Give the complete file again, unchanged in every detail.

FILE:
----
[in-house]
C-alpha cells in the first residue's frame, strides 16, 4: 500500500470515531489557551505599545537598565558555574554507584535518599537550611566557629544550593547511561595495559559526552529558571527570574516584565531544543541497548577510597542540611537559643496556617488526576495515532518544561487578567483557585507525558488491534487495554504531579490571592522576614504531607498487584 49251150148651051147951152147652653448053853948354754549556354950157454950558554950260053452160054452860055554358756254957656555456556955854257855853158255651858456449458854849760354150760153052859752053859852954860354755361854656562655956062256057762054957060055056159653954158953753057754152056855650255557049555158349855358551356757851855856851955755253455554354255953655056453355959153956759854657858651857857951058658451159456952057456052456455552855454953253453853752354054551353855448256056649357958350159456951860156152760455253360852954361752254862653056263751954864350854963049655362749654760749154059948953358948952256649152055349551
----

[in-house]
C-alpha cells in the first residue's frame, strides 16, 4: 500500500470515531489557551505599545537598565558555574554507584535518599537550611566557629544550593547511561595495559559526552529558571527570574516584565531544543541497548577510597542540611537559643496556617488526576495515532518544561487578567483557585507525558488491534487495554504531579490571592522576614504531607498487584 49251150148651051147951152147652653448053853948354754549556354950157454950558554950260053452160054452860055554358756254957656555456556955854257855853158255651858456449458854849760354150760153052859752053859852954860354755361854656562655956062256057762054957060055056159653954158953753057754152056855650255557049555158349855358551356757851855856851955755253455554354255953655056453355959153956759854657858651857857951058658451159456952057456052456455552855454953253453853752354054551353855448256056649357958350159456951860156152760455253360852954361752254862653056263751954864350854963049655362749654760749154059948953358948952256649152055349551